Cervicogenic Headaches

Cervicogenic Headaches

A cervicogenic headache is a syndrome characterised by a chronic headache that is referred to the head from either bony structures or soft tissues around the neck.

Clinically, they are sometimes hard to differentiate from migraines or a tension headache.

Common symptoms are:
Neck pain and neck muscle tenderness.
Pain is likely referred from the neck from one or more muscle, nerve tissue, joint, joints, or small blood vessel in muscles.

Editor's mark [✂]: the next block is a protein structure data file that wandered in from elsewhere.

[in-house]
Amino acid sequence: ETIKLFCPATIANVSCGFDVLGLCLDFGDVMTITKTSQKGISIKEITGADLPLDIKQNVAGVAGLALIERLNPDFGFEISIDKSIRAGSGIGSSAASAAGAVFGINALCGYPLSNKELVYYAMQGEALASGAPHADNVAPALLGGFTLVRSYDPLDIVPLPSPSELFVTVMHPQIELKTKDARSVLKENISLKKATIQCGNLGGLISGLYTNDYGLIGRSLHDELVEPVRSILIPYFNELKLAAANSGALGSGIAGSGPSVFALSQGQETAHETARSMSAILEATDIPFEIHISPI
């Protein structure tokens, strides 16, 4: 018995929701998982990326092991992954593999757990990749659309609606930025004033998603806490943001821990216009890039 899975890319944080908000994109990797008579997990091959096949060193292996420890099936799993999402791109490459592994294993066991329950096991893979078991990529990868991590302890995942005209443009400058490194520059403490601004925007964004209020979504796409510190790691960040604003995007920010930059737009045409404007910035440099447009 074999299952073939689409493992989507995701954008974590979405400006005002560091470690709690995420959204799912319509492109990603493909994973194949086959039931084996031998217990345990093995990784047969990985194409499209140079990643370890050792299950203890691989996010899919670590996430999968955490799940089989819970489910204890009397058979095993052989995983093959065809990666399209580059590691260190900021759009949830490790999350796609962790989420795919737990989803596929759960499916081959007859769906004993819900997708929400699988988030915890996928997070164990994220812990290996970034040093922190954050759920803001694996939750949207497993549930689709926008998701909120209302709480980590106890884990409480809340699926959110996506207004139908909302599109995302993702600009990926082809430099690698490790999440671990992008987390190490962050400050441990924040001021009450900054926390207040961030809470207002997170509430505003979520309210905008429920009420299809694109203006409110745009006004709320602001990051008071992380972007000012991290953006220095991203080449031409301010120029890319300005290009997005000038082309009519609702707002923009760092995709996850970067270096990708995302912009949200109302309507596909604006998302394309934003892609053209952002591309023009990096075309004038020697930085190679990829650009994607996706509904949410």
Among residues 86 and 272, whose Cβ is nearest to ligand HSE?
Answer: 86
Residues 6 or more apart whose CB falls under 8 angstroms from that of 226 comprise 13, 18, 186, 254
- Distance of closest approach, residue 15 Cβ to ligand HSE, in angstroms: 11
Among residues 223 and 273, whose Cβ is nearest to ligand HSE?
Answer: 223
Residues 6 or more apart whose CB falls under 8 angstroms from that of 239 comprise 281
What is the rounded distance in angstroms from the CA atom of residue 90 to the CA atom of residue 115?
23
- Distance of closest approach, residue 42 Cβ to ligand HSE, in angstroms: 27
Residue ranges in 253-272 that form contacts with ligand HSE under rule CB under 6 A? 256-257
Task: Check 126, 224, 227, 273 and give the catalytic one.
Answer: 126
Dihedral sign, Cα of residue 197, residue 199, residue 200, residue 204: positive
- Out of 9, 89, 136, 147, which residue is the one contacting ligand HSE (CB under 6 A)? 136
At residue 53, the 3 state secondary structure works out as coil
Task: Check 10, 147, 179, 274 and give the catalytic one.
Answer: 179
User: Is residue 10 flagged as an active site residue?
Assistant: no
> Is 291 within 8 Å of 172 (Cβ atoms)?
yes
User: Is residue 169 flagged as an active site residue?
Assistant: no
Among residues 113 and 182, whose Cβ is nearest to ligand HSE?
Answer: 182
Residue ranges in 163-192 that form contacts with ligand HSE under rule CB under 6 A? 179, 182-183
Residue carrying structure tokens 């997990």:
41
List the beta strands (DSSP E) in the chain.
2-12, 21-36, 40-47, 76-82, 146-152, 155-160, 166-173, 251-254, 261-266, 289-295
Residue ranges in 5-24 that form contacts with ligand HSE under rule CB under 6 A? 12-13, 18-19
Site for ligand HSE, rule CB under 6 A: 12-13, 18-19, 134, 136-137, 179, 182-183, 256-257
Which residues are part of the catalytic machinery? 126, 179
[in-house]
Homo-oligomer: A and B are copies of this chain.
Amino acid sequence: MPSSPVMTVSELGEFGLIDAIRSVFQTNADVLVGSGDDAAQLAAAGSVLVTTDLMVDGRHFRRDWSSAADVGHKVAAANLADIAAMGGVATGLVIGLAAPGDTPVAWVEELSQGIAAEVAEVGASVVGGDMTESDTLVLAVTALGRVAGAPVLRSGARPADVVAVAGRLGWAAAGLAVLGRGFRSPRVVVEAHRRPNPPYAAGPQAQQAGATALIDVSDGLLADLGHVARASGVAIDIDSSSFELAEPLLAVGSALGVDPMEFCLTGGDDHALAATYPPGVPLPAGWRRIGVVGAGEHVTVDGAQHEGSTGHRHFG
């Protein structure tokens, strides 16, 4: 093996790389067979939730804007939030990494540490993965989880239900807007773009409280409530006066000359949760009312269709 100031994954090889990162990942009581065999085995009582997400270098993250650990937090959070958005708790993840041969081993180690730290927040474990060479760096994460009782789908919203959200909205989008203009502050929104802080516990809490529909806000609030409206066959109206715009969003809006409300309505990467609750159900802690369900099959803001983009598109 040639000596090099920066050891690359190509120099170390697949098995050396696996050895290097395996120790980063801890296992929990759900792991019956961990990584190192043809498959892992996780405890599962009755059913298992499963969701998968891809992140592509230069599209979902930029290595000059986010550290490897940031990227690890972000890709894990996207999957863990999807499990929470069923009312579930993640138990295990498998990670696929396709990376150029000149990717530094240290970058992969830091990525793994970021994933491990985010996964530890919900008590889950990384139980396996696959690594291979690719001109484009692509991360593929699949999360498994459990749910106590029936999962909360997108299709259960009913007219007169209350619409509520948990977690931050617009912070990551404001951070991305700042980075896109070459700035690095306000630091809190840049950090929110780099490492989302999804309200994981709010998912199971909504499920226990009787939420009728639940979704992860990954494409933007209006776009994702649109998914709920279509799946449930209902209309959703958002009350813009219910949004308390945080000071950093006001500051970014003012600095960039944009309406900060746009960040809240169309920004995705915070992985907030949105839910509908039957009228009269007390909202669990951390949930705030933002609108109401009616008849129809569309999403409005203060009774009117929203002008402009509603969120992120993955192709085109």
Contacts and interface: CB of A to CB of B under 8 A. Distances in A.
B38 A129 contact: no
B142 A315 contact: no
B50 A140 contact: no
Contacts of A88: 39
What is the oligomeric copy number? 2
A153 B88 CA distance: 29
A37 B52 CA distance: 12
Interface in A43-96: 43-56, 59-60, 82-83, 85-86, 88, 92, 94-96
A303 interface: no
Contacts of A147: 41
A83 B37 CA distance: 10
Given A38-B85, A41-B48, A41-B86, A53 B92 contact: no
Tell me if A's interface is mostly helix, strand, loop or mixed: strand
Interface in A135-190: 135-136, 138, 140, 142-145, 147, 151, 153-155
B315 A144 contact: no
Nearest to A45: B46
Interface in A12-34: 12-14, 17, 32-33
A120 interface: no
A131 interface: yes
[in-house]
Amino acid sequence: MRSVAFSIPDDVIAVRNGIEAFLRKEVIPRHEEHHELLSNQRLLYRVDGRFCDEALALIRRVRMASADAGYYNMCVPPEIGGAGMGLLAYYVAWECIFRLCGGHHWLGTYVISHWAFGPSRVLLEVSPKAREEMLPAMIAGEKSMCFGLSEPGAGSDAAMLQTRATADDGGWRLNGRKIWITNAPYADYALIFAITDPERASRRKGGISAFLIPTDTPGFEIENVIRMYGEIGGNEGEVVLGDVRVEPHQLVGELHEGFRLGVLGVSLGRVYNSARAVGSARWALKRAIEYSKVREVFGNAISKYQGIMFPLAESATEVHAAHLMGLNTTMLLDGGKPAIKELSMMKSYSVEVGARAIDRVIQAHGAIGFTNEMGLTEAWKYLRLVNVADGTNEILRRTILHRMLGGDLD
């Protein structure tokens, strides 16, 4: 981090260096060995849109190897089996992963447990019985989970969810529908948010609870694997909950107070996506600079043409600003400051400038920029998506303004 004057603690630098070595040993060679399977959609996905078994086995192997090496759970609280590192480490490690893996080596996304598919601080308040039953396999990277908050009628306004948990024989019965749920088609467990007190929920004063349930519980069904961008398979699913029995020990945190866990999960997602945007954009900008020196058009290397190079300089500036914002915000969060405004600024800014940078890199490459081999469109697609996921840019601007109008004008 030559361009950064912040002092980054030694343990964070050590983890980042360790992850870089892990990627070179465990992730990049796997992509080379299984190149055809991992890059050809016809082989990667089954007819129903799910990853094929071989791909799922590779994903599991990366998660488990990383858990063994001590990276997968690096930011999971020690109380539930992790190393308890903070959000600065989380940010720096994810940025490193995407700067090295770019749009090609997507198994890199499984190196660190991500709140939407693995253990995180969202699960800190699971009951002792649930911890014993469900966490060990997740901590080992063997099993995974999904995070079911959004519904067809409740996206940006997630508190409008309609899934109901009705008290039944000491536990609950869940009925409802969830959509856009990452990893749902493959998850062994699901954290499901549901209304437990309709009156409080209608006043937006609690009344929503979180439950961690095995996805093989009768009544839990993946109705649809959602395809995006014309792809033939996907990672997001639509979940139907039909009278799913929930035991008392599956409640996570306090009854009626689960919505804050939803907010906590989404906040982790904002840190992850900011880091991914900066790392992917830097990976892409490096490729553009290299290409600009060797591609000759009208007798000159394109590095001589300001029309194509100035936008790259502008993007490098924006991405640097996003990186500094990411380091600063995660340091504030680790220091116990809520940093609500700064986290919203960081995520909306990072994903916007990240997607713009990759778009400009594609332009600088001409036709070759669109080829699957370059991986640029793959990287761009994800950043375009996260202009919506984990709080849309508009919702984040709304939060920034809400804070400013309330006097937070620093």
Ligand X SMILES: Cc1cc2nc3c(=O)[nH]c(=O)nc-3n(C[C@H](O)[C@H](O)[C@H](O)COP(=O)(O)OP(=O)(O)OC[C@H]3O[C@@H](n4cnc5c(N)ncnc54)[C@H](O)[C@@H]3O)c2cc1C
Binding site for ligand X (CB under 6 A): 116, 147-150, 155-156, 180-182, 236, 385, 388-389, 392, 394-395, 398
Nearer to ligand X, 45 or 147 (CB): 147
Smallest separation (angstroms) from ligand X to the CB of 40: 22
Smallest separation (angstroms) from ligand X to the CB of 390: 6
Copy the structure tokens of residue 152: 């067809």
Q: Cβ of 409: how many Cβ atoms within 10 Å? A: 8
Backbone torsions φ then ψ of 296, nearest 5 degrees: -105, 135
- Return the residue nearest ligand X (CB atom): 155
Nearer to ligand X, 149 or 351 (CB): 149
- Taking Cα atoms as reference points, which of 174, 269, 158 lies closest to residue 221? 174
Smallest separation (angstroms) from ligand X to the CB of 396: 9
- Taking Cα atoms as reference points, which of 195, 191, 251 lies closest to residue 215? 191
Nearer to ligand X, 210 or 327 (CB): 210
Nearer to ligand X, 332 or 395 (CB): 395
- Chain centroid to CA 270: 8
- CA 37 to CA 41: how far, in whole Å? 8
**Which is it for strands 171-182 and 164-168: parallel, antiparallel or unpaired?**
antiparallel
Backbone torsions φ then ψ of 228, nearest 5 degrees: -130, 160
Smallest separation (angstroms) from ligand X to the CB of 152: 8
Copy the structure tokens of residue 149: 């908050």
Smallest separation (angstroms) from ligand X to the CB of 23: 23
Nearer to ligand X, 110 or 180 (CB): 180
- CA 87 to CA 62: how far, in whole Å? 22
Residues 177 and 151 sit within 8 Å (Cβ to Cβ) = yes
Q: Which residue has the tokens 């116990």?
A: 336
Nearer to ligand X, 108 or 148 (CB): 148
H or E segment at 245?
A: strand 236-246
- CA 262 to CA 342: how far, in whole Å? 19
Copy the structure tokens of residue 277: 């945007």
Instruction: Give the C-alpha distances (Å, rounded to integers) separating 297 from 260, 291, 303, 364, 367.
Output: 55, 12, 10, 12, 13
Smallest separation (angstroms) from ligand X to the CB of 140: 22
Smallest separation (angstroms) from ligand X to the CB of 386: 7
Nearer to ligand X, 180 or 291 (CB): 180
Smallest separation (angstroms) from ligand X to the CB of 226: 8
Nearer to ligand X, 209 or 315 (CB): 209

Neck pain and muscle tension are common symptoms of a migraine attack.

Increased curvature of the cervical spine alters stresses and strain in the cervical/neck muscles. This could also be a secondary effect of an increased curvature of the thoracic spine. A lifestyle assessment and behavioural influences on poor posture are moreover a real consideration.

Health practitioners can use posture observation, active and passive movements and palpation of head, neck and thoracic spine and their adjacent structures to diagnose the possibility of cervicogenic headaches.

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